Apparently Gerber is not alone in writing silly gender specific copy for their baby products.  Second in my series of companies who don’t know who their target audience is is Britax, maker of world-class baby car seats.  As my husband (yes, he gets involved in baby related tasks, shocker!) was installing our new Britax Decathalon (Onyx fabric) car seat, I walked out to check in on his progress.  It was then that of course, I read the outside of the car seat package (written in what had to be 80 pt. font) where Britax explains the benefits of their car seat (Safety! Fashion! Convenience!). But it was the “Convenience” category copy that really caught my eye. Here’s what it said:

“Moms around the world love Britax seats because they’re easy to install correctly (it took 30 minutes find the LATCH cords), and they have great features like one-hand adjustment (?) belt holders (??), built in lockoffs (??!!!??), belly pads (this one made me laugh) and more.”

For starters is the obvious- “MOMS” around the world love Britax? Britax, do dads not drive baby around? But second, and probably more important, is the notion that they actually believe that a mom reads and understands what a “lockoff” is and that is the main reason we bought the seat.  Copywriters: want to know the reason I bought this particular model seat? A few of my NMFs have it and love it.  It was all about the word of mouth.  I didn’t read the copy on the package (who has time?) to know that this was a good and safe seat. I talked to the most important marketer- another mom.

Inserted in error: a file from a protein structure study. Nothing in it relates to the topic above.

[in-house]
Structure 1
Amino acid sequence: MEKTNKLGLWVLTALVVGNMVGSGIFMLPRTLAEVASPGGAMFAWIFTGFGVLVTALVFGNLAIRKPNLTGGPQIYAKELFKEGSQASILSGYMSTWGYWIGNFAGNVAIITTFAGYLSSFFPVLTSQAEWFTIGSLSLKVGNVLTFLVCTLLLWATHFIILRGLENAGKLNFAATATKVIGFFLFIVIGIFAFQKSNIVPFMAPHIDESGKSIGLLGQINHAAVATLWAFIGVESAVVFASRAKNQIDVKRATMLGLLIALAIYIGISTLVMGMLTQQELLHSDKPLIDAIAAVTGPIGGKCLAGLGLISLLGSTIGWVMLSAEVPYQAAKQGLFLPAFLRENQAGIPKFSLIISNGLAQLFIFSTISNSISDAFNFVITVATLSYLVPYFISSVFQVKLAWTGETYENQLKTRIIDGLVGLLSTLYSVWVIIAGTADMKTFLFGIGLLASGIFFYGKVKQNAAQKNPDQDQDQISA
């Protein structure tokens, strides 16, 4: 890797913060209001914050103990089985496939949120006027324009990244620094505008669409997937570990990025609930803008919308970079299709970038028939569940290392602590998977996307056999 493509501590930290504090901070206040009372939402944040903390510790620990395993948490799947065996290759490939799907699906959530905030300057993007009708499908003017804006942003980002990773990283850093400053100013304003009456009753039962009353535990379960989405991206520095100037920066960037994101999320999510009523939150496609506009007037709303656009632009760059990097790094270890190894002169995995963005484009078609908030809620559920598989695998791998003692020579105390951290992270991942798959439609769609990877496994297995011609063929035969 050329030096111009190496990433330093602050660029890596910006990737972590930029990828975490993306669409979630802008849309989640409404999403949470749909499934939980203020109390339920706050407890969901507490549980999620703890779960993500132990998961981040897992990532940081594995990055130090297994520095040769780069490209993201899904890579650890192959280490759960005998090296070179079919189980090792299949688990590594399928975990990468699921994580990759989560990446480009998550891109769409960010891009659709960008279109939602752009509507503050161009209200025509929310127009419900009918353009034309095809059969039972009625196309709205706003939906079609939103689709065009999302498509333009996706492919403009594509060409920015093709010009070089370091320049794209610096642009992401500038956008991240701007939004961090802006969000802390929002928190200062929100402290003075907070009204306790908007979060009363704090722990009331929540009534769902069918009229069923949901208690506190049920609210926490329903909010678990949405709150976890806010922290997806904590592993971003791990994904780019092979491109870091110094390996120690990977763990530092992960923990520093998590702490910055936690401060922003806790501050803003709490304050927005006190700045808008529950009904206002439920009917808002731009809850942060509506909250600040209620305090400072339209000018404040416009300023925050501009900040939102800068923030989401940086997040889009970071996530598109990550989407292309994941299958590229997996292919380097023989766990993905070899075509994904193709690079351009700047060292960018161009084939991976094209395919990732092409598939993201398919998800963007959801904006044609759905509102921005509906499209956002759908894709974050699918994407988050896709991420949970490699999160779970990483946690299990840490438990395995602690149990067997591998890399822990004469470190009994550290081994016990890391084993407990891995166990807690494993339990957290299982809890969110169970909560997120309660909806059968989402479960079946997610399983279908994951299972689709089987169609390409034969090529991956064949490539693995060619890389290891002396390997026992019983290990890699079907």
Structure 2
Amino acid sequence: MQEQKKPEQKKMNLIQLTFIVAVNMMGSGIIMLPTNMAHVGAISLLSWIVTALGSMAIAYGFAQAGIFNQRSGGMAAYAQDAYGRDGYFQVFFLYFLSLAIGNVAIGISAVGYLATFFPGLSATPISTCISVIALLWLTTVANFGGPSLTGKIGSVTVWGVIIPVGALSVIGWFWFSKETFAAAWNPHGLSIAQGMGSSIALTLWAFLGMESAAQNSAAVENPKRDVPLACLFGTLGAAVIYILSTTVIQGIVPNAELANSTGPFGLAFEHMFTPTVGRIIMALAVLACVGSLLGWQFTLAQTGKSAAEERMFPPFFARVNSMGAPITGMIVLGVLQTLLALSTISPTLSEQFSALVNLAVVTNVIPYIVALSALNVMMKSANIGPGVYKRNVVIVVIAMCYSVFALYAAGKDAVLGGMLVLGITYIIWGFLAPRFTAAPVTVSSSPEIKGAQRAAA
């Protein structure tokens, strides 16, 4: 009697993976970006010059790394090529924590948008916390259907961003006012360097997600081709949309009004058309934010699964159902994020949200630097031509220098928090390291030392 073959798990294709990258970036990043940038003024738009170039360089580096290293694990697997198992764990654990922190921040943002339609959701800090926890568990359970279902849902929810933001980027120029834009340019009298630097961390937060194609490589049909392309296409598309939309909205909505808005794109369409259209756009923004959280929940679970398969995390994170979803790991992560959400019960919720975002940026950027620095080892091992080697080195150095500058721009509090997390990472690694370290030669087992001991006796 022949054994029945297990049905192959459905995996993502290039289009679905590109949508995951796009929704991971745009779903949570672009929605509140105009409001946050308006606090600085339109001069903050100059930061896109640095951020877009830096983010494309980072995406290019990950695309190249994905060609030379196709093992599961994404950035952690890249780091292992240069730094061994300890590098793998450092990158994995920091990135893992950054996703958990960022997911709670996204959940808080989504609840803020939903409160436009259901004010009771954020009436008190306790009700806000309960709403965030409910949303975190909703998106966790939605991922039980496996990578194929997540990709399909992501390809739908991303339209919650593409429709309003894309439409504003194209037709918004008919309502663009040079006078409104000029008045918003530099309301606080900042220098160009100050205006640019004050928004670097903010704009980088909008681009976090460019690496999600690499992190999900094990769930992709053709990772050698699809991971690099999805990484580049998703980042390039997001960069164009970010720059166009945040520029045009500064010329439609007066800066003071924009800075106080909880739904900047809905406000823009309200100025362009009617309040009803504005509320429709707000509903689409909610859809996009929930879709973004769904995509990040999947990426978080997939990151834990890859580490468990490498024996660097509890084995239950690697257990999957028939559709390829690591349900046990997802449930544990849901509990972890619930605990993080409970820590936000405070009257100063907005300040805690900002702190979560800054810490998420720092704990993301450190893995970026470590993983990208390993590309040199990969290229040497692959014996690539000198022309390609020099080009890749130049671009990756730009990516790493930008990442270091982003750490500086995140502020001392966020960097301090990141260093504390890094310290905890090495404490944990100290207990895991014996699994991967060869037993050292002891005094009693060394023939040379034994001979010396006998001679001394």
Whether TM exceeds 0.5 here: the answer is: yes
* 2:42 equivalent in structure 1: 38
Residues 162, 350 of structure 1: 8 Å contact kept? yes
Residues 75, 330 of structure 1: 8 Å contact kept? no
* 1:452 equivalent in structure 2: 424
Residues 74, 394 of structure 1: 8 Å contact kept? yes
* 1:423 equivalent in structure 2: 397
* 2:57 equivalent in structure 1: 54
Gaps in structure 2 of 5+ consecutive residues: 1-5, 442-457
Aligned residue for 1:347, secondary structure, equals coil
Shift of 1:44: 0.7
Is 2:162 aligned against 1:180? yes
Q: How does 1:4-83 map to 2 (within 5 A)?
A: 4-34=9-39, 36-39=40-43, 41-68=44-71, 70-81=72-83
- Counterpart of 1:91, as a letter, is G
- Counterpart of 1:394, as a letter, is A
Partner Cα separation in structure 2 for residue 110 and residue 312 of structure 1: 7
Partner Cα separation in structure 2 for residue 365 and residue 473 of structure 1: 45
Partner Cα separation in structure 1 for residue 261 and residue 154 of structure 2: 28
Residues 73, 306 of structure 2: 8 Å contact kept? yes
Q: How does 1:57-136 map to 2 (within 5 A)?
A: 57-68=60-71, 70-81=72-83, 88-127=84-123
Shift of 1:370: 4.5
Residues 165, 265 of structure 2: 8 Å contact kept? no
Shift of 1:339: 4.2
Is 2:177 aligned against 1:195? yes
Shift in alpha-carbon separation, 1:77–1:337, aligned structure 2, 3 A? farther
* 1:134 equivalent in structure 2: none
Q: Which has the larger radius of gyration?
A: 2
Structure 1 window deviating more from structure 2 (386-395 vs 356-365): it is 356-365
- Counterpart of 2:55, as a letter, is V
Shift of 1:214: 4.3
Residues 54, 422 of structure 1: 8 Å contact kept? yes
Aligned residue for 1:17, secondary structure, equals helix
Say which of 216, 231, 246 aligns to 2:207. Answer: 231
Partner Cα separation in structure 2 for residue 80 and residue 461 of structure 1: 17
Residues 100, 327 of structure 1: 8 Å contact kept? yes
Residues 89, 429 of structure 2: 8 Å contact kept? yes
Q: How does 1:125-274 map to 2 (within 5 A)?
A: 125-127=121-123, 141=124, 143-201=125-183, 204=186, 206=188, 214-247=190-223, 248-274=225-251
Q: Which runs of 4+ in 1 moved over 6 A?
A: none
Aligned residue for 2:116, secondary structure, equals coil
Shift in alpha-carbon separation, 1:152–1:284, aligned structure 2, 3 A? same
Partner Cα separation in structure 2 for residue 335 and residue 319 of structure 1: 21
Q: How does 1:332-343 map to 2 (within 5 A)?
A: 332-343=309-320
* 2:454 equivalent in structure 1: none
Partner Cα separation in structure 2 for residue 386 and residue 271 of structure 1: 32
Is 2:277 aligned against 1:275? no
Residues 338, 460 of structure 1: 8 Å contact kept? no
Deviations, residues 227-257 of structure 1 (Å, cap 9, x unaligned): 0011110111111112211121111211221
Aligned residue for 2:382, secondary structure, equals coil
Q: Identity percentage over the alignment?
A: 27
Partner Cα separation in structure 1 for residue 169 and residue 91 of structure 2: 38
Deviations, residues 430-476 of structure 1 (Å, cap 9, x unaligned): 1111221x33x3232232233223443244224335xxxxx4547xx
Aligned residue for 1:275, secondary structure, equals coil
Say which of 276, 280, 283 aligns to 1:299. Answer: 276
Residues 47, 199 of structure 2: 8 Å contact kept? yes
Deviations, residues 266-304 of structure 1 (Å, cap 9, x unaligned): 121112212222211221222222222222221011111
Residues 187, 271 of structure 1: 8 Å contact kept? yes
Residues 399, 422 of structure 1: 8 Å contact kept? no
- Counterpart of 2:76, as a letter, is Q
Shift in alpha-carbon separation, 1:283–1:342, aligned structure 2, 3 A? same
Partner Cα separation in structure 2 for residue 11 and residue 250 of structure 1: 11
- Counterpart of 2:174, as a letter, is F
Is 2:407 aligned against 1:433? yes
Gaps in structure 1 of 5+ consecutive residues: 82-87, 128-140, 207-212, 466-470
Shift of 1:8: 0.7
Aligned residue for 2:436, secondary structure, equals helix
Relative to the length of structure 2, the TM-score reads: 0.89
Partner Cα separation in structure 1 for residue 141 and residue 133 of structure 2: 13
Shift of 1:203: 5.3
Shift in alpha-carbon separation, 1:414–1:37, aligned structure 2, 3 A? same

Lesson for Britax- maybe it’s time to find new copywriters.

Ok, it’s about time I get on this bandwagon. Lots of discussion recently about a recent Washington Post article regarding the amazing childcare provisions and maternity leave policies the French currently offer.  You can’t imagine it if you tried- childcare subsidies, tax deductions, ridiculously cheap childcare options – all to promote mothers to continue working while helping to increase France’s population.
Now, Leslie Morgan Steiner of the Washington Post blogged about it, and suggests lightly that the US start supporting better working moms and dads.
Generally, I agree with this position. But what if it made our health insurance costs go up? or even our taxes? Is it worth it? Is France really the gold standard here?

I’m not sure, but hell, we could all use a few more weeks off with le bebe.

Lots of thoughts coming out of this past weekend, which I spent with my friends from grad school.  My friend’s dilemma- one of her employees is a part-time WAHM.  Apparently, she doesn’t have help when she works from home, so while her performance is good, when you call her for work-related items, you can hear her kids in the background. My friend wants to be supportive, but gets annoyed and thinks this WAHM should get some help when she’s WAH. 

It’s a tough call- what if my friend marries and has kids one day? I know she wants to be supportive, but also wants to control her employees.  My vote- if her work is still good, so be it.